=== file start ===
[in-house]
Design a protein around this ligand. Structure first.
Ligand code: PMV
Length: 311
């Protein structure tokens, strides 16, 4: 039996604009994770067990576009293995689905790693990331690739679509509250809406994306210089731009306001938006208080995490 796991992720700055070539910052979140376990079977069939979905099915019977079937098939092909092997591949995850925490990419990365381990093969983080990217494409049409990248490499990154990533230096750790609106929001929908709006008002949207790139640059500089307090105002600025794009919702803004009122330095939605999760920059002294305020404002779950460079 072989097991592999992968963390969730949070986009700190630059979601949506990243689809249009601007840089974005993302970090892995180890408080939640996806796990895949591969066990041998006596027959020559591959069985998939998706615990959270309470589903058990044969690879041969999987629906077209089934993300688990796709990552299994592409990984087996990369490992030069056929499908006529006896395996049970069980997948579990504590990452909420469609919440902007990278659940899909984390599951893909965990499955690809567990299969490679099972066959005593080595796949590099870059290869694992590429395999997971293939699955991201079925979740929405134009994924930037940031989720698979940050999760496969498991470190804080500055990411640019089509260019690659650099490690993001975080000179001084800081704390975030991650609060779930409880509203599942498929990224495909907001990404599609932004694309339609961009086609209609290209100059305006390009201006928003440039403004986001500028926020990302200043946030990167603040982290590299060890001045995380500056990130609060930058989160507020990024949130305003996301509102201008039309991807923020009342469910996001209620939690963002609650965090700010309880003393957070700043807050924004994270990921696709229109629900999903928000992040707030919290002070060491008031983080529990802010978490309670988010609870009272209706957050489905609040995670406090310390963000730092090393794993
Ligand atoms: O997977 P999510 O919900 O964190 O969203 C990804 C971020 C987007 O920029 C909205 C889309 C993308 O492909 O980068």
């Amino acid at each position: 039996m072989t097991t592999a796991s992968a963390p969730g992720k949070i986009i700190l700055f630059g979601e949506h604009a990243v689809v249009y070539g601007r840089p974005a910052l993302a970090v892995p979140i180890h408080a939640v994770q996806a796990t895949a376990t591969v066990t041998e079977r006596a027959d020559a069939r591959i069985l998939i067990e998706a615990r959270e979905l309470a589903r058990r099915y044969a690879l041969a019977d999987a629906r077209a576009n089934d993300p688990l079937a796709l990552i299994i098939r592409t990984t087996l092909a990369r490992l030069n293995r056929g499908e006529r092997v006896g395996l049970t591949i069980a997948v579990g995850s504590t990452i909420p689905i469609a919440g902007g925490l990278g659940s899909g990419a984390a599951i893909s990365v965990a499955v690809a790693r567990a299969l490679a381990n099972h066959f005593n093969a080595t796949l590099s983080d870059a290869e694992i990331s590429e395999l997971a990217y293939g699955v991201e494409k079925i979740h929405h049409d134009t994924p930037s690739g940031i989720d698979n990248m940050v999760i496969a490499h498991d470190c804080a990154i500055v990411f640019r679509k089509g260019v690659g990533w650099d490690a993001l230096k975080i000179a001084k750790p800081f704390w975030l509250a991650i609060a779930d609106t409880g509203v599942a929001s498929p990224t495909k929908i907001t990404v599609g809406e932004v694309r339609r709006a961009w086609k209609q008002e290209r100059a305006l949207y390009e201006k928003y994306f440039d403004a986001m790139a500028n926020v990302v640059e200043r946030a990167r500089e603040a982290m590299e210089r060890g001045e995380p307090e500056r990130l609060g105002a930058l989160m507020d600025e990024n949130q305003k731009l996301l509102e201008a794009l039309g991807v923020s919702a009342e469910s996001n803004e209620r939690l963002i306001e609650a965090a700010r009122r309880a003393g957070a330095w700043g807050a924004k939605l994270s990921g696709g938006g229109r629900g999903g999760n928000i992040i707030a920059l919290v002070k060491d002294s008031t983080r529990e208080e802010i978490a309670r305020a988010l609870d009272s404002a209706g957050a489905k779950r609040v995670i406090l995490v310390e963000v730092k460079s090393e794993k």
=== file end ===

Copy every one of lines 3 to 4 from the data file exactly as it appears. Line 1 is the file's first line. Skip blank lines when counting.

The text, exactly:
Ligand code: PMV
Length: 311